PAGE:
“I walked away from the house and let it go back to the bank. I was just defeated,” he said. “My kids were the only reason to live. I didn’t really care about anything else except them. That was my mission and I wanted to raise them just as she would have if she hadn’t died. I just couldn’t deal with anything else.”

He poured his energy into making sure both children received a quality education, eventually settling in Whitefish where he started a business as a wildlife photographer.

“Everything came to an end so I moved to Montana just because it was far away, far from all those memories haunting me,” he said. “I was going to make sure they both graduated from college if it killed me. And I’d do it again in a heartbeat.”

“I was all they had,” he added.

Michael eventually attended Whitefish High School and, later, went to Full Sail University in Winter Park, Fla., where he studied digital arts and entertainment.

Molly (short for Monica, the name her mother chose) graduated from Flathead High School in 2007 and recently graduated from the University of Montana in Missoula with a degree in music education. She learned to play on her mother’s clarinet and she’s now student teaching in Bigfork. Her father recently spent a weekend in her cramped apartment on Echo Lake.

The year Molly graduated was the same year that Scherrer last had a street address. His business slowed and he had no steady income, and so he retrofitted the van and began sleeping out, making brief sojourns to visit his dying mother and to see his son in Florida.

“I just kind of gave up. I couldn’t get work,” he said. “I got used to thinking of myself last. I didn’t think I was going to be here so long and dedicated all my time and money to making sure my kids would be OK in this changing world.”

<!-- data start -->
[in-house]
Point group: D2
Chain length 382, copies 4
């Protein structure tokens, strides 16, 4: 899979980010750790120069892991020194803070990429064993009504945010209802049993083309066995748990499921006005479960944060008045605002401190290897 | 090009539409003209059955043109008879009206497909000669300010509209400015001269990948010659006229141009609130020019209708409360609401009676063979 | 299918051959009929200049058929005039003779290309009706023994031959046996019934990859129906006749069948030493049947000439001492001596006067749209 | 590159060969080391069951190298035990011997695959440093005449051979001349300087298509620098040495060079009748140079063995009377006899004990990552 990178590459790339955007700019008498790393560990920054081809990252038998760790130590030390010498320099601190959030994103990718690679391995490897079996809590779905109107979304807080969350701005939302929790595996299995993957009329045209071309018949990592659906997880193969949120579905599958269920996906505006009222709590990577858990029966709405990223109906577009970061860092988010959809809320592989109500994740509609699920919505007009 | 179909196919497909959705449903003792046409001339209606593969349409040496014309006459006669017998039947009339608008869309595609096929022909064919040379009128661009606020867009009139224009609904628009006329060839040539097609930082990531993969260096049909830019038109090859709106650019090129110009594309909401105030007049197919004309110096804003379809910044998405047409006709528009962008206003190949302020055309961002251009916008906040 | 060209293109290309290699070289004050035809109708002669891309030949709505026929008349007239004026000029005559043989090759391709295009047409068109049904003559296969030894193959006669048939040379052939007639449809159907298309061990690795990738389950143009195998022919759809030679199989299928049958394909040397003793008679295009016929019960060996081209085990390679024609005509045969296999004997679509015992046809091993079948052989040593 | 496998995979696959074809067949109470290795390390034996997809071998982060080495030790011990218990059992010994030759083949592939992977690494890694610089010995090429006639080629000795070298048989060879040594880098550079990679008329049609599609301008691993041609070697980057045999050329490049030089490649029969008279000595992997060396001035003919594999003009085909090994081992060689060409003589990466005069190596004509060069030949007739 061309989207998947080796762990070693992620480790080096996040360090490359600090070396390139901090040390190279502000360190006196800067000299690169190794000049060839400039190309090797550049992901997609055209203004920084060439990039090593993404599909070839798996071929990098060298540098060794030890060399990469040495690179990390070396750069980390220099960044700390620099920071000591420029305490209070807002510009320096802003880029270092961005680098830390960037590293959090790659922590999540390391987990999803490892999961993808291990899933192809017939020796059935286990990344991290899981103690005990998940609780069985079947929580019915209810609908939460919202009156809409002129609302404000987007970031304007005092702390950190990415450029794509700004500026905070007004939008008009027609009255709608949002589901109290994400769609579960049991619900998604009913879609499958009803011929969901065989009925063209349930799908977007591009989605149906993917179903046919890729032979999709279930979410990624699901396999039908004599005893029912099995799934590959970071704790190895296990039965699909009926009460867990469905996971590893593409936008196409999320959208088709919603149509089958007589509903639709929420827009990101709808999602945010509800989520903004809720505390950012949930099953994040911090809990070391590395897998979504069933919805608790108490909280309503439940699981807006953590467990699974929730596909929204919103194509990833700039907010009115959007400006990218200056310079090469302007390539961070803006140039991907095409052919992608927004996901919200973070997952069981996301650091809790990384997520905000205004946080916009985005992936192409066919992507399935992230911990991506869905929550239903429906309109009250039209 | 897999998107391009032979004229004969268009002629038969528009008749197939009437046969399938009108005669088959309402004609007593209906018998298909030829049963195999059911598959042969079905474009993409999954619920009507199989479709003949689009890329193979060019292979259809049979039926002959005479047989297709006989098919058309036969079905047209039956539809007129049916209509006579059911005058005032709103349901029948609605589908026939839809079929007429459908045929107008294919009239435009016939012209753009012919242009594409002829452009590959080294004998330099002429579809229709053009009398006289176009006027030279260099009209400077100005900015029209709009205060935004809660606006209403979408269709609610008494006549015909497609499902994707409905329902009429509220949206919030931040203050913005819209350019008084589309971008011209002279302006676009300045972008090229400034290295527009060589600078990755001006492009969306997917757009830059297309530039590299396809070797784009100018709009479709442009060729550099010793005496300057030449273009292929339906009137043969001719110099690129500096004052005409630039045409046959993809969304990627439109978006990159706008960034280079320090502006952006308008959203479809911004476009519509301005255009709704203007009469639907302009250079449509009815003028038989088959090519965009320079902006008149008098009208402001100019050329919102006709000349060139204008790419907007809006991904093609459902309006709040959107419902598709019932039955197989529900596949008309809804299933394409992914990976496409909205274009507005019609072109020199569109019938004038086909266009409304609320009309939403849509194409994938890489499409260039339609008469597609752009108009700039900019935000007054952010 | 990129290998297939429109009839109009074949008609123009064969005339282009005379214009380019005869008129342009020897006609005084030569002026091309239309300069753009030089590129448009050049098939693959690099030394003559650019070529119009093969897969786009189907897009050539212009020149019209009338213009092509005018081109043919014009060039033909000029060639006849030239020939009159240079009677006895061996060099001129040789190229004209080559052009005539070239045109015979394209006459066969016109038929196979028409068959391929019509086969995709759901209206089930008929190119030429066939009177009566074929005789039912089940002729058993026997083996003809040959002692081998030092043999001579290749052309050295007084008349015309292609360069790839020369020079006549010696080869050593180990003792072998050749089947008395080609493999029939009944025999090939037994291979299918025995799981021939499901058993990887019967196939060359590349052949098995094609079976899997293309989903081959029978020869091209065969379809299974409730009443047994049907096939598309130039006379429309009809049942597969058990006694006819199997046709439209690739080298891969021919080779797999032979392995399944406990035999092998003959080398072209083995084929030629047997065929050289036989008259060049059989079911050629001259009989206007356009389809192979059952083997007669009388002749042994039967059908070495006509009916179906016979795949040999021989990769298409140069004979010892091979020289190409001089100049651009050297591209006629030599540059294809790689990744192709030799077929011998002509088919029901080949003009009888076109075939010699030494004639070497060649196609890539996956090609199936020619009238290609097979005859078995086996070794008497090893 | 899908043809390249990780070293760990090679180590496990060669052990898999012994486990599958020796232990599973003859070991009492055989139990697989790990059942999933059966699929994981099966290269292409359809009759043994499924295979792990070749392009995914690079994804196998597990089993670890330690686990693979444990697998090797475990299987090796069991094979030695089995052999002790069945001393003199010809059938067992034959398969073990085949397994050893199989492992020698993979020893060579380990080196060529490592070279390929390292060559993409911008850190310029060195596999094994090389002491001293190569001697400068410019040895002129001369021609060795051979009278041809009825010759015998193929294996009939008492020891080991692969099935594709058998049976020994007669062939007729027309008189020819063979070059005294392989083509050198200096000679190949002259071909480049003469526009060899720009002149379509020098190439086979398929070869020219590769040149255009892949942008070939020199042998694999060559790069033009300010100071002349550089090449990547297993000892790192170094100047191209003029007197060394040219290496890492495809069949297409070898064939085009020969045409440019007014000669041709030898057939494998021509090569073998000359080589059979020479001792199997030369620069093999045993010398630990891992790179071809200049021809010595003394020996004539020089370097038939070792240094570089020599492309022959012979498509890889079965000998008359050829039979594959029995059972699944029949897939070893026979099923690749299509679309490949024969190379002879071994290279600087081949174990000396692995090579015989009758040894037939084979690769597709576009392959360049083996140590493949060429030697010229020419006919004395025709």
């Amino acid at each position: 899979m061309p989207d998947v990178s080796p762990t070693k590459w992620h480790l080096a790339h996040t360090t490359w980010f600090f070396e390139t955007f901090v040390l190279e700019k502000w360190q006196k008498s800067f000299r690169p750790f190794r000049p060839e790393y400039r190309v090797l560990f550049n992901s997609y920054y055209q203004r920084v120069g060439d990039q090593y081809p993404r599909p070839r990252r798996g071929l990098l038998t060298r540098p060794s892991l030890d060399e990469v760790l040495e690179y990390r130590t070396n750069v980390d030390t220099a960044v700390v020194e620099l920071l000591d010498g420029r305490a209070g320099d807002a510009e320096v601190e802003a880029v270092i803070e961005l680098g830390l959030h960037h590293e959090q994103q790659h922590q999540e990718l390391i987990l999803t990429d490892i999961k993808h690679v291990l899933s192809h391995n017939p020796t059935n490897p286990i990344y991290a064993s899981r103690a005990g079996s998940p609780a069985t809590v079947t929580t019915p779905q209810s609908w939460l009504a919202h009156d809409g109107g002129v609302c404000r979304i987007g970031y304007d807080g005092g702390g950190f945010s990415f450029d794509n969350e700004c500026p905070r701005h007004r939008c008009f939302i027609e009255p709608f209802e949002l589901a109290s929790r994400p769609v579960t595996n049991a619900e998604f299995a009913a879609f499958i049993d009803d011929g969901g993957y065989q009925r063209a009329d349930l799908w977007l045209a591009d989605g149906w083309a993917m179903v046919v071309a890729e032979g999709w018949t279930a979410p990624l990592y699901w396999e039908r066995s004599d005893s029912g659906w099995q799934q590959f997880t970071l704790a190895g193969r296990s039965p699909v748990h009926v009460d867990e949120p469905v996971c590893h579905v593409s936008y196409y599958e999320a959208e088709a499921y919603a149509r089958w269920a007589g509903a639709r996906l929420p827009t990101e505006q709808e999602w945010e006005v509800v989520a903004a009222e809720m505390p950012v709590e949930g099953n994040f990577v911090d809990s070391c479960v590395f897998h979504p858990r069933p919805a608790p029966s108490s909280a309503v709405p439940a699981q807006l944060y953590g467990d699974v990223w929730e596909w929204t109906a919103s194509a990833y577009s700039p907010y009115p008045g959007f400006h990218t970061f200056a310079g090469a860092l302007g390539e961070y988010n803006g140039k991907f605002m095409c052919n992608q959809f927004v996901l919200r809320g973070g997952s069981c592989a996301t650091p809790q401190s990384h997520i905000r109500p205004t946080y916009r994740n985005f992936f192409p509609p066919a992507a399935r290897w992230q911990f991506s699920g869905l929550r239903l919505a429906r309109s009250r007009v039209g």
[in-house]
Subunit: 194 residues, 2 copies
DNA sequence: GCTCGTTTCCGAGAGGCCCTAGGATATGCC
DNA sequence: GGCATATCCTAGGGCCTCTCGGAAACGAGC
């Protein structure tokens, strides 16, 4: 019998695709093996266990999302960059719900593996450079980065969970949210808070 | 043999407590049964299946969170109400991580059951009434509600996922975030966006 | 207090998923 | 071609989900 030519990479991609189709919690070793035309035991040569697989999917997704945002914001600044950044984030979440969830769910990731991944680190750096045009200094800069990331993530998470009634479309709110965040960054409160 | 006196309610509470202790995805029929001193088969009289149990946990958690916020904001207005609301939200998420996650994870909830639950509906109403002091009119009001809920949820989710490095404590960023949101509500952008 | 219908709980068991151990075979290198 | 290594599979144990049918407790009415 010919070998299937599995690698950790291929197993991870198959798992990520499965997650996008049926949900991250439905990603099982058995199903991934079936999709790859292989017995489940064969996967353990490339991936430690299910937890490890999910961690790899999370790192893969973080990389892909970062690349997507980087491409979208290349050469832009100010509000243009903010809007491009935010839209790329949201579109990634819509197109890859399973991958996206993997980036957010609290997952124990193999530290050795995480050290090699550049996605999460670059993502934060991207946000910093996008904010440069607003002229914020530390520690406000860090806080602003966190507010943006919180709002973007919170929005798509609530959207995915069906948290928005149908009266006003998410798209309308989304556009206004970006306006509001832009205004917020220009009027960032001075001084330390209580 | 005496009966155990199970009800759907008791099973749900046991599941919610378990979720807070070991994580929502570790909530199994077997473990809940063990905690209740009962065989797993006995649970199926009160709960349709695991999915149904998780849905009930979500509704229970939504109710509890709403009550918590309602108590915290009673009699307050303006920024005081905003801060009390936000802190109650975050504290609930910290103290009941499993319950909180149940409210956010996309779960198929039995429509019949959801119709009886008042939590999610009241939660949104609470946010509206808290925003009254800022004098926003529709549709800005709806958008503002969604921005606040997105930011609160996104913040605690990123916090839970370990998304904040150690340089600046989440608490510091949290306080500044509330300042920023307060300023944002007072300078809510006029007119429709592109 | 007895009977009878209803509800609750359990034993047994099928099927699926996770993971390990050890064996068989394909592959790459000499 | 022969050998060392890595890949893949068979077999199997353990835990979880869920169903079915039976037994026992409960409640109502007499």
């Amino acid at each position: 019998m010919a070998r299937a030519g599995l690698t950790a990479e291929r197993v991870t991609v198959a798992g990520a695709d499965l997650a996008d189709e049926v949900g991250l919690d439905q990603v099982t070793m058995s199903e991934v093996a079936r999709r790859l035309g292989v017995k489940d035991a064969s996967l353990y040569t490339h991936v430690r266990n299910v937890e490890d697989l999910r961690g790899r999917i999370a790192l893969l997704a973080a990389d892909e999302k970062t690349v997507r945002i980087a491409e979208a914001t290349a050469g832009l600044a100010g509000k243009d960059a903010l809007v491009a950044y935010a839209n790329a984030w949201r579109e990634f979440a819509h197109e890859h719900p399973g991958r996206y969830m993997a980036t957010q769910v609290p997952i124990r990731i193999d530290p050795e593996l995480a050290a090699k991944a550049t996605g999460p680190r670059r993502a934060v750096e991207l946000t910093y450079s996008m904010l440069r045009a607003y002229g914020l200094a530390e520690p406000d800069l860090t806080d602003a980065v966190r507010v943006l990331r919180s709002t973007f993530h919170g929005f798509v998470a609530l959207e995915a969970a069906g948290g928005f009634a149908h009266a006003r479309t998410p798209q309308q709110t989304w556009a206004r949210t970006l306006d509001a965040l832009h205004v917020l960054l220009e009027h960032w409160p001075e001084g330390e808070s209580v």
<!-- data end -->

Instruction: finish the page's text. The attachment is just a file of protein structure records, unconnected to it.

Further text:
“I hate it,” Molly said of her father’s situation. “It was hard in college because I was in Missoula and couldn’t do anything. I didn’t know if he was eating. At least now with [the Samaritan House] I don’t have to worry. I’ll look at the weather and see that it’s minus-20 degrees and he might be outside.”

“People are so callous about homelessness. They don’t know that it’s not as easy as just, ‘get a job, dirt bag,’” she said. “People don’t get it.”

In previous years, Scherrer has found someone to stay with during the harshest winter months, including Molly and Michael. But last year, Scherrer slept out in the cold and contracted pneumonia. This year, anticipating a bitter winter, he sought out the Samaritan House.

“I didn’t know where to go and I didn’t want to ask for help. I was too proud, I guess,” he said. “I knew the winter was going to be bad, and I’ve known this place existed but I thought it was for people who needed it more than I did. I didn’t want to admit that I needed it. I didn’t want to need it.”

Three years ago, a 56-year-old out-of-work long-haul truck driver from the Flathead Valley, Jeff Tolson, died of hypothermia while sleeping inside his car. He didn’t think he needed it, either. Or he didn’t want to need it.

Tolson had lost the last of his truck-driving hours at an outfit based in Colorado and returned to Columbia Falls to look for work. He was sleeping in the parking lot of Cardinal True Value Hardware during December’s first cold snap, according to police officers who had given him food and coffee, and was keeping warm at night with an electric blanket plugged into the four-door sedan’s cigarette lighter.